What, then, are those grounds on which it has been thought that the doctrine of evolution is unfavourable to the sense of Divine communion ? It seems to us that they may be all summed up under two great heads,—the seeming multiplication of secondary causes, and the actual assertion of the principle of continuity. We shall direct our attention to each of these in turn.
It is feared, then, that the doctrine of evolution removes God further from man by interposing between the Divine life and the human soul a multitude of secondary causes. And, indeed, at first sight it must be confessed that the allegation appears to be true. To the primitive man the act of Divine communion is in one sense very easy. He has never heard of any intermediate law interposed between himself and the object of his worship, and his worship is quickened by the belief that he is standing face to face with the being with whom he communes. Even to the man of the earlier science, there was no necessary sense of any intermediate agency between himself and the object of his worship. He might quite well believe in the existence of physical laws, and yet hold fast to the conviction that the principle of life within him had an origin independent of these laws, and in the sense of that conviction it was perfectly competent for him to separate between matters of science and matters of faith. But the new science of evolution has made this no longer competent. Evolution claims to be not simply a process that applies to the physical creation, but a process which engulfs within its order the entire circle of creation, whether physical or spiritual. Accordingly, the man who accepts evolution cannot accept it as a law that holds good merely for a part of the universe; he must either not receive it at all, or he must receive it as an absolute principle, holding good for all space and acting through all time. In this order his own individual life must find its explanation as fully and as entirely as the life of material nature; and if he believes that it tends to separate the life of material nature from the being of the great First Cause, he will be equally bound to conclude that it separates his spiritual being from the same ultimate source.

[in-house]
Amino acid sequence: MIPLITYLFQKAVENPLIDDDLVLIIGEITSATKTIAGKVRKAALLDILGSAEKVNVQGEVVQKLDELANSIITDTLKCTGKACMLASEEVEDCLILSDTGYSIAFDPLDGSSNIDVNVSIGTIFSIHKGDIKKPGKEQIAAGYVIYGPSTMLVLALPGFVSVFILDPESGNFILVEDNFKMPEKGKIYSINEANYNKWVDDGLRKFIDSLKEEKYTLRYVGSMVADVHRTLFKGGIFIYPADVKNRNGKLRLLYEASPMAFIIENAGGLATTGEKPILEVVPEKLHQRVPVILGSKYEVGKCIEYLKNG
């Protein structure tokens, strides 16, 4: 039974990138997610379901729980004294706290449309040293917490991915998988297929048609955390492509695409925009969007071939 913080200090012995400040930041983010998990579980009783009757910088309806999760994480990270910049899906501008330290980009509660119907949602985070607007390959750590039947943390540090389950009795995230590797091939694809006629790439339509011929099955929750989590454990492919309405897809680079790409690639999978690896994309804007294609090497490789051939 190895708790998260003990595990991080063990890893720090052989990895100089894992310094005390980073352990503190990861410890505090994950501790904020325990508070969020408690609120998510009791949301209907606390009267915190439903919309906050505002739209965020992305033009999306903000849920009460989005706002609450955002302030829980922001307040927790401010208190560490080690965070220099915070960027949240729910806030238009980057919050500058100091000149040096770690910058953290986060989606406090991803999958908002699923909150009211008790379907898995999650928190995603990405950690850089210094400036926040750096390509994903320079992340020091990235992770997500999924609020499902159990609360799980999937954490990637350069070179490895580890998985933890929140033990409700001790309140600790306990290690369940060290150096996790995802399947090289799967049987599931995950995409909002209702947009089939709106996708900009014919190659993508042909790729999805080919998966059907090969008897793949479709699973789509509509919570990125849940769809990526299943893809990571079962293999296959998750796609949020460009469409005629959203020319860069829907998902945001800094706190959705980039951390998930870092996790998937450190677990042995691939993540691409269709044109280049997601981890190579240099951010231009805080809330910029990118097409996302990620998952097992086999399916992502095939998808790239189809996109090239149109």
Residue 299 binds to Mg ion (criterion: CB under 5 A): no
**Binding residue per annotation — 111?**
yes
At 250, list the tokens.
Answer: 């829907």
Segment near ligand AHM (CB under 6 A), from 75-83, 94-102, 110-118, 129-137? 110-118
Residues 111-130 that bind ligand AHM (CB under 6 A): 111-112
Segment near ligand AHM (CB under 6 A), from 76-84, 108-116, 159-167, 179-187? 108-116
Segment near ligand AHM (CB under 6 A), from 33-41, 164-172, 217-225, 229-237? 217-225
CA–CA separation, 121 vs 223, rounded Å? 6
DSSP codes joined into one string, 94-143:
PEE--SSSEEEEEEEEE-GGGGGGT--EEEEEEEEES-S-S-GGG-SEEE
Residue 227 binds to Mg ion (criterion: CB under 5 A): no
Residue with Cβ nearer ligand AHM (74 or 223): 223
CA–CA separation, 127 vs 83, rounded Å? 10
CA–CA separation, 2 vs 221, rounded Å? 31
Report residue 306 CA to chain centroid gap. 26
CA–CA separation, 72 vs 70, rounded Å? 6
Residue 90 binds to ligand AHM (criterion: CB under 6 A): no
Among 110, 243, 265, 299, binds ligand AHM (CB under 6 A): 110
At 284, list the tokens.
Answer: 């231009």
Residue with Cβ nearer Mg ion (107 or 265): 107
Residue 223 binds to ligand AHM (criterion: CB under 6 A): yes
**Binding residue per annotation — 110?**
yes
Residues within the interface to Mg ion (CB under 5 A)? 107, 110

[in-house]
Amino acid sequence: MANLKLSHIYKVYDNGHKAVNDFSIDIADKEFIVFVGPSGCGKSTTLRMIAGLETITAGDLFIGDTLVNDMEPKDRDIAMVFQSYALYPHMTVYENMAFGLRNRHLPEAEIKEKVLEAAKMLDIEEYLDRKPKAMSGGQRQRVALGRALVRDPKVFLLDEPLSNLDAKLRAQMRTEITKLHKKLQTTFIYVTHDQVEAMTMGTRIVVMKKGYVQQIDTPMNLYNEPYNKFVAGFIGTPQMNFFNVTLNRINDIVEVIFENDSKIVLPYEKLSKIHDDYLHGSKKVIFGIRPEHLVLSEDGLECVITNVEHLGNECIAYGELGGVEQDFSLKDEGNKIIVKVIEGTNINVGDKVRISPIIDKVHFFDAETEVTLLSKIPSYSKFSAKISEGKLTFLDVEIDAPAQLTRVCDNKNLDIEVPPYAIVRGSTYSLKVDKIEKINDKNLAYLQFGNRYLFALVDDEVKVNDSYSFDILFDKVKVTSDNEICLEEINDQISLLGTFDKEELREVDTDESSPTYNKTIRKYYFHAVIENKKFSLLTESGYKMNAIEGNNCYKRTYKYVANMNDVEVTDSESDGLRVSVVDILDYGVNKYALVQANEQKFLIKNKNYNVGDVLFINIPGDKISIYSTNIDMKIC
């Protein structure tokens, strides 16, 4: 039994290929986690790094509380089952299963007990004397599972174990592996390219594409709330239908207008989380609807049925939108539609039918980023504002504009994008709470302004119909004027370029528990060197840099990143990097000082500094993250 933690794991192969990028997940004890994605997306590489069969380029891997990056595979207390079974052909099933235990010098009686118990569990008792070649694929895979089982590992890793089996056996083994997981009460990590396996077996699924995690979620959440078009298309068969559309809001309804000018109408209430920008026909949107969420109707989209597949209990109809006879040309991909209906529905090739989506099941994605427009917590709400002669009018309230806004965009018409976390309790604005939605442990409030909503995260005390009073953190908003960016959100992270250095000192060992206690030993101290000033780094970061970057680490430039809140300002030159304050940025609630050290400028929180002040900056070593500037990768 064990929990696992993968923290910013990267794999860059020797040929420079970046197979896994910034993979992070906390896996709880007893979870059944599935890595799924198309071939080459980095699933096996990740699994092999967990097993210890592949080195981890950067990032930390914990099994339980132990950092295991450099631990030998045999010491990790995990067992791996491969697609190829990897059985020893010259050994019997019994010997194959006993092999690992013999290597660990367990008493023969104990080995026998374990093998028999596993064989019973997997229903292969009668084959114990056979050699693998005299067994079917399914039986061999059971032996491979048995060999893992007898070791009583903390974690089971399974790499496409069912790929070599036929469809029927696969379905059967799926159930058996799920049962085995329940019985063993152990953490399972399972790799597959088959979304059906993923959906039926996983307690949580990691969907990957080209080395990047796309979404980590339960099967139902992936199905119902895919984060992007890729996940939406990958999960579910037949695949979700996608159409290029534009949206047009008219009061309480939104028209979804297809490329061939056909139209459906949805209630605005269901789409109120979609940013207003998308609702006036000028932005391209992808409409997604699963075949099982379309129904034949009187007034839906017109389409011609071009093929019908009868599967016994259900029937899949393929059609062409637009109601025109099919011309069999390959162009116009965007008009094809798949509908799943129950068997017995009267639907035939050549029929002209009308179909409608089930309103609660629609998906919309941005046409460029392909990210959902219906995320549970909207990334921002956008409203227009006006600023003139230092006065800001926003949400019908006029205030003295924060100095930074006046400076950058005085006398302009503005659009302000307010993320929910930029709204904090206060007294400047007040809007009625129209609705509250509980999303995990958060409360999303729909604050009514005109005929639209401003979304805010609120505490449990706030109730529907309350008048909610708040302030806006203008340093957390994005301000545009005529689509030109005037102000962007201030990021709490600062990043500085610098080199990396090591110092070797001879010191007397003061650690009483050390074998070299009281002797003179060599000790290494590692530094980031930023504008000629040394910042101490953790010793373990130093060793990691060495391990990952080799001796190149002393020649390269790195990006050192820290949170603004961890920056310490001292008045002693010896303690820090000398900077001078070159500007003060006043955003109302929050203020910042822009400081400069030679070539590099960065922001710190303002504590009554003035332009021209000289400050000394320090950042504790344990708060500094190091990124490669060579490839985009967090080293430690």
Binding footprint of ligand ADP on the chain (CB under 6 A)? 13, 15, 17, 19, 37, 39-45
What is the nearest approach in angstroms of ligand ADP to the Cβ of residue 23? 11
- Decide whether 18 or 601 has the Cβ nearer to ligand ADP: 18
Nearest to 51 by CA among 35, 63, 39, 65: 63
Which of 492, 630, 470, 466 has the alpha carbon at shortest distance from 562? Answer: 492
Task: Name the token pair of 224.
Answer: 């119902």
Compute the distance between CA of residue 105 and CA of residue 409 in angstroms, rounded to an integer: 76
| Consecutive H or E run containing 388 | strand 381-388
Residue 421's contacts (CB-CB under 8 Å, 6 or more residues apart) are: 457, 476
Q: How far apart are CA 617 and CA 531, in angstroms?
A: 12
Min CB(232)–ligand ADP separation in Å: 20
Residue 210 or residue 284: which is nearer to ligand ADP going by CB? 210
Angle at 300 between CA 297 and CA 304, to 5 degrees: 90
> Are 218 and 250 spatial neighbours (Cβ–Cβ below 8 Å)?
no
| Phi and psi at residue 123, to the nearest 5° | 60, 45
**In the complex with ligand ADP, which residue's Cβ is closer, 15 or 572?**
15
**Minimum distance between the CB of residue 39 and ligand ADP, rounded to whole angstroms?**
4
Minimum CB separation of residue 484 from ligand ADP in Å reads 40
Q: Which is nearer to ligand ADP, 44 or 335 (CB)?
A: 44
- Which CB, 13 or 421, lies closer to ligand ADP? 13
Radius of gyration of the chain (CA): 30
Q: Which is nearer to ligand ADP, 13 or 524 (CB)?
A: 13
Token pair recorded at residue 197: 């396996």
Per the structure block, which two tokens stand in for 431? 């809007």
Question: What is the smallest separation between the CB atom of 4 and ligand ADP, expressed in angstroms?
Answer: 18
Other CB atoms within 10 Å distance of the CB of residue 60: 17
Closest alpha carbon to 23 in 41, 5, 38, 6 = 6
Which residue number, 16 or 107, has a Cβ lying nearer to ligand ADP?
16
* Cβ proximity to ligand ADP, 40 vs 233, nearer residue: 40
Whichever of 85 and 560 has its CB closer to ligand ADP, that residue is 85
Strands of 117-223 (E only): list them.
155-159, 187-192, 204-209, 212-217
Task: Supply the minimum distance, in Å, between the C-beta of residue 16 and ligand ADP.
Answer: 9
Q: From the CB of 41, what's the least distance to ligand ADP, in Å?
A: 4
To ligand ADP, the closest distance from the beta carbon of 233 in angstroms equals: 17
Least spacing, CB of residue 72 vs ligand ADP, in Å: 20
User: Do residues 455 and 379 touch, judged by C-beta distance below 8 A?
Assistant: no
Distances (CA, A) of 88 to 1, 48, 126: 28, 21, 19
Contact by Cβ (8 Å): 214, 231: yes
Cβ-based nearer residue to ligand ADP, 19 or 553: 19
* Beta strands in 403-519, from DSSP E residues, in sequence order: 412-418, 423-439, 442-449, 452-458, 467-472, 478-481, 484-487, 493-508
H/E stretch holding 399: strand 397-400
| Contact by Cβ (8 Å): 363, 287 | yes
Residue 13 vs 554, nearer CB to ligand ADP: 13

Now it is not difficult to see that with such a view of the case before him, the ardour of a man's religious communion must naturally be very much damped by the prospect of the doctrine of evolution proving true. He has been accustomed to think of his individual life as a spark lit by the hand of God, and it has been this very sense of a parentage derived from the Divine that has constituted the enthusiasm of his hours of religious communion. But when he is told that this individual life has come to him by a process of evolution; when he is informed that the spark has been lit from an earlier spark, and that from an earlier still; when he is pointed to the fact that the humanity within him is but one link of a great chain which stretches downward to creatures far beneath him,-is it not natural that he should lose the sense of his Divine parentage, and that along with it he should lose his hope in the reality of Divine communion ?